The Pirates were an average challenger, sporting a pedestrian 94-60 record and lacking the Yankees' hallowed curriculum vitae. They struggled to win the National League pennant, clawing it out over the final weeks despite pressure from the Cardinals and New York Giants. Still, they tied for the National League lead in runs scored and featured a solid pitching staff, collectively.

Yankee skipper Miller Huggins went with Waite Hoyt in Game 1, whose average performance was just good enough to procure the win. Though the Pirates had loftier aims, the fact that they lost so closely at 5-4 was a moral victory in itself against the heavily-favored Yanks. Ruth had three hits in the game, and Gehrig knocked in two.

Game 2 went more the way baseball fans expected, as the Yankees cruised to a 6-2 victory. George Pipgras performed up to snuff, pitching all nine innings, and the Bombers relied on a balanced attack that produced 10 hits. Game 3 was even more lopsided, as Ruth's home run keyed an 8-1 rout of the humbled Pirates. The Yanks' Herb Pennock allowed just one run and three hits in his complete game showing.

Pittsburgh was eager to avoid the sweep, and it nearly did. Showing some new fight in Game 4, the game was tied at 3-3 until Earle Combs scored on a dramatic walk-off wild pitch to Tony Lazzeri. The Pirates' Johnny Wiljus swallowed the loss for his lack of control, and the Yankees were unblemished champions. The incomparable Ruth hit his second home run of the series, proving that while the Yankees may have been the exemplification of excellence, they were also irresistibly entertaining.

If I could climb aboard a baseball time machine and be given only one pick of a destination, it would be Yankee Stadium in 1927.
-- Jerome Preisler of YESNetwork.com's Yankees Ink

Overall:
There have been so many spectacular Yankees teams that it feels almost unscrupulous to anoint one over the others. However, when you consider the legendary status of Ruth, Gehrig and the Murderers' Row lineup, the wraith-like fright that they imposed on pitchers, the unmatched quality of the Yankee pitching staff and the glorious backdrop that was New York in 1927, there can be no second-guessing.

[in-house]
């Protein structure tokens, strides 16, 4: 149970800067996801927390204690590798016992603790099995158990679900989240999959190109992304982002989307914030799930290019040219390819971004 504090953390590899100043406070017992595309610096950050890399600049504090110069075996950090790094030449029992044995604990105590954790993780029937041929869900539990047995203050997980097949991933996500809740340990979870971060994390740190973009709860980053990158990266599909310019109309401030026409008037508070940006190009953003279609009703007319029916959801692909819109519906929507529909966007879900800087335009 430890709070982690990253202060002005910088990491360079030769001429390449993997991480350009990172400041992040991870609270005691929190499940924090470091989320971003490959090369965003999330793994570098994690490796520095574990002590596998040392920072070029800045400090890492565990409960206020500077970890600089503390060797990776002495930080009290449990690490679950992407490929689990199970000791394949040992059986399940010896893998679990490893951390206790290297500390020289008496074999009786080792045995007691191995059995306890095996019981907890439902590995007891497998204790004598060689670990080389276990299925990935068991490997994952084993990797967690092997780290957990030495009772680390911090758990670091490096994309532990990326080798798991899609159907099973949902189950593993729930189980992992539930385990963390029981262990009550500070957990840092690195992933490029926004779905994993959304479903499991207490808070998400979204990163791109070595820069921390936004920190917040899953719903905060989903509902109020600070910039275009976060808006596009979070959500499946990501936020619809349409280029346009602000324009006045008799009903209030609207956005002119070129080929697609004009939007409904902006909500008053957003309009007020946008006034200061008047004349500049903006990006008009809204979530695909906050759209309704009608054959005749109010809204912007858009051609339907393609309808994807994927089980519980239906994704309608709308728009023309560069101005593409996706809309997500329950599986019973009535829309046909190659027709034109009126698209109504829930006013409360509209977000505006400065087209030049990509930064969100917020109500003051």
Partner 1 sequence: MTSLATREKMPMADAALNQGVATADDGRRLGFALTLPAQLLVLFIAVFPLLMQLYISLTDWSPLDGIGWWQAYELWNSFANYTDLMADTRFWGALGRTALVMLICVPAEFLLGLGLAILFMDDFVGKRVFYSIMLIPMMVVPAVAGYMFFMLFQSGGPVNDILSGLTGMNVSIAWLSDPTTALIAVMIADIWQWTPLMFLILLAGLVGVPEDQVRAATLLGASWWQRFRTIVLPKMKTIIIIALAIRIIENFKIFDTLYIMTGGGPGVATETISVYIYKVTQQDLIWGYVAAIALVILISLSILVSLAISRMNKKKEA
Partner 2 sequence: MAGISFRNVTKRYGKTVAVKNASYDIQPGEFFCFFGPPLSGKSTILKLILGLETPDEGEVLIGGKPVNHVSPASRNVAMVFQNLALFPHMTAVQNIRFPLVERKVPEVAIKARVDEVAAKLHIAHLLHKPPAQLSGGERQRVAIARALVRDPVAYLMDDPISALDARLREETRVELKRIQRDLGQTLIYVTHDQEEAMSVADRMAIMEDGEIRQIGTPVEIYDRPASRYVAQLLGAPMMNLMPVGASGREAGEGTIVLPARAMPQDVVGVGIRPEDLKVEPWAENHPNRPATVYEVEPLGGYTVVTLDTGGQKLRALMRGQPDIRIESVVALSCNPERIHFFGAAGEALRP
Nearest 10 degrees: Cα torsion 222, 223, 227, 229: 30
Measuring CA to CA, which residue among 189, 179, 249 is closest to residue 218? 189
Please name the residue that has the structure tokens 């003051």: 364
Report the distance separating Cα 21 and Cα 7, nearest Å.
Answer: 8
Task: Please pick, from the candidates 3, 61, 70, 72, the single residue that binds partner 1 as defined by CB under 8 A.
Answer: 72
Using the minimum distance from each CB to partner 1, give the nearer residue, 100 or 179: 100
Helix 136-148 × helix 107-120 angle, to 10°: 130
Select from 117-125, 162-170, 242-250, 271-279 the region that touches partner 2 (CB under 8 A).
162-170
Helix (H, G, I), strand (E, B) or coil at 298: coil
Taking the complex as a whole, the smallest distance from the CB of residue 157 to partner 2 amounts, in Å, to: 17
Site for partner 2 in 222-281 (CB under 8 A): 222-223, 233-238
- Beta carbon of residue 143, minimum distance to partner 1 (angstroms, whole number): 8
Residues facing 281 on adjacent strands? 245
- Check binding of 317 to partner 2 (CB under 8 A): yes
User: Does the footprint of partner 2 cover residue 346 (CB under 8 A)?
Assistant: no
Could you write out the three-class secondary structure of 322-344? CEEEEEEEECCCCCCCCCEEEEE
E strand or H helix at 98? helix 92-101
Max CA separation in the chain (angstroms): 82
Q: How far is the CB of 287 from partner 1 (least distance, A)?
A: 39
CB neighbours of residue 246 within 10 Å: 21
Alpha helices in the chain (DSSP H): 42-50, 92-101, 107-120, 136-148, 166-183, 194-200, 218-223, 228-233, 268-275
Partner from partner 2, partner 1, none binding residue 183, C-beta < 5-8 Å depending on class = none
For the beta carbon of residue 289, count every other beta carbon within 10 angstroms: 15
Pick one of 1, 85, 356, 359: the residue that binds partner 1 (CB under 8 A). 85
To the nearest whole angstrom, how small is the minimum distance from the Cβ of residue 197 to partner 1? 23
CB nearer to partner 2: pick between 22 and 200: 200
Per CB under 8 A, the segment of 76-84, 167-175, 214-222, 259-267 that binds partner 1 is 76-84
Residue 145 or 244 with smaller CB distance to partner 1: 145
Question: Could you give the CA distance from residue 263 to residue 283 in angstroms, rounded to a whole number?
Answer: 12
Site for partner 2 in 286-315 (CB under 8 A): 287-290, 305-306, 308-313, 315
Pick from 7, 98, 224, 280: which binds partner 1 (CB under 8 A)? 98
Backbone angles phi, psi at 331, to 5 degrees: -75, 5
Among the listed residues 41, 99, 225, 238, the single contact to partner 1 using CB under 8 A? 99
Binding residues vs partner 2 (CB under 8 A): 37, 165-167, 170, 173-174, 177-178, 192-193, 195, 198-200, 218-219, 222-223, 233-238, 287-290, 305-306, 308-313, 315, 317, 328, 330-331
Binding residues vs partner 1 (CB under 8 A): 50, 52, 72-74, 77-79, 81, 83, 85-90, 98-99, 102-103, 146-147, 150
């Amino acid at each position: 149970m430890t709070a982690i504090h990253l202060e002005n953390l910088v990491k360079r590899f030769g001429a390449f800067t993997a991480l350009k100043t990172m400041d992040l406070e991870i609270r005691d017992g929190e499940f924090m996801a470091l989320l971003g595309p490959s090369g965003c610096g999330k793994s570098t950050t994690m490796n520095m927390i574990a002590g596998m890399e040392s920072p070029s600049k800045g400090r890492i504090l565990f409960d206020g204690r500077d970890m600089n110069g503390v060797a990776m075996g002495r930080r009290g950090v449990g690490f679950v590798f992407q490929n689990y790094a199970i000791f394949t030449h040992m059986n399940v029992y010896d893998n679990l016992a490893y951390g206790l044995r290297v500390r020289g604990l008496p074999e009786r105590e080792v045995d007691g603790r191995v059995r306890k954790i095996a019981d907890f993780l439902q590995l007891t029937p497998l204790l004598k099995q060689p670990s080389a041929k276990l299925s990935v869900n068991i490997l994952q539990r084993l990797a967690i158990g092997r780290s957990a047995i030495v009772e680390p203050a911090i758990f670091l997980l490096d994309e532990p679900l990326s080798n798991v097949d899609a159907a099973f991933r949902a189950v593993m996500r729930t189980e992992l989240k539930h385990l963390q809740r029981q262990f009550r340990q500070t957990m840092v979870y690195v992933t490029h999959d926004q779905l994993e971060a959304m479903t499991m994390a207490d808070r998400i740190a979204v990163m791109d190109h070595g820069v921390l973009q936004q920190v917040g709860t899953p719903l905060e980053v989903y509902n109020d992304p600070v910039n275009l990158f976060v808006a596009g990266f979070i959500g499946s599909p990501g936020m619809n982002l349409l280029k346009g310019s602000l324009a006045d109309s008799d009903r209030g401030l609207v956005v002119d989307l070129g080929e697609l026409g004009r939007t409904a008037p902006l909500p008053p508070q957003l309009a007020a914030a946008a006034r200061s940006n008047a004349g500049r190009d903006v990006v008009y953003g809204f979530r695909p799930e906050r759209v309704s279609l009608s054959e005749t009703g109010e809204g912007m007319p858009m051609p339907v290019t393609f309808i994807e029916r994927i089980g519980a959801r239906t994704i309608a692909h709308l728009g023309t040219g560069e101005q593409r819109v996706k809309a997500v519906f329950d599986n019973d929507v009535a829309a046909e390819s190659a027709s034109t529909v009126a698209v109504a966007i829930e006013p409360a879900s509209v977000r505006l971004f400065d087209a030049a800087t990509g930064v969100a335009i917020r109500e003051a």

The 1927 Yankees were the greatest baseball team in history. Not only did it feature Babe Ruth and Lou Gehrig, but five other future Hall of Fame players were on the roster. That squad epitomized the 1920s - confident, brash, powerful, and competent. Anything was possible. Then came the Great Depression, and the team, the city, and the nation went into a kind of funk. The Yankees still dominated the American League, and Ruth and Gehrig still trampled opposing pitchers, but it would never again be the same.
-- Professor Kenneth T. Jackson, History and specialist on New York City at Columbia University

Furthermore, does it really matter which team is No. 1, No. 2 and so forth, when all of these squads, plowing magnificently through different eras and social climates, excelled so wonderfully in their art that we feel the need to commemorate their achievements? Championships, though always sweet, are still rather commonplace, but not the tradition of ascendancy so improbably effectuated by this franchise.

Since the 1920's, each decade has featured at least two Yankee World Championship teams with the exception of the 1980's when the Yankees were shutout. As we move into the next 10 years, a repeat by the Yankees would take care of this new decade as soon as possible. Wouldn't 28 be great?
-- Ken Singleton, YES broadcaster and baseball great

And yet, immortal as these historical icons may appear to be, they were still everyday human beings who delighted in a simple game for the satisfaction of a loyal city.

If I ran into Lou Gehring, I would say, "I like your first name, Mr. Gehrig, because it's also the name of my dad -- Lou."
-- Suzanne Molino Singleton of YESNetwork.com's Mrs. Singy

Long before the days of free agency, million-dollar endorsements and me-first mentalities, the classic Yankees teams of old -- particularly the one that graced the Big Apple in 1927 -- represented something pure and proud, and they exhibited many of the heroic qualities we wish we could find more frequently in today's game.

"So we beat on, boats against the current, borne back ceaselessly into the past."
F. Scott Fitzgerald -- The Great Gatsby.

Adam Spunberg can be reached at adam.spunberg@mlb.com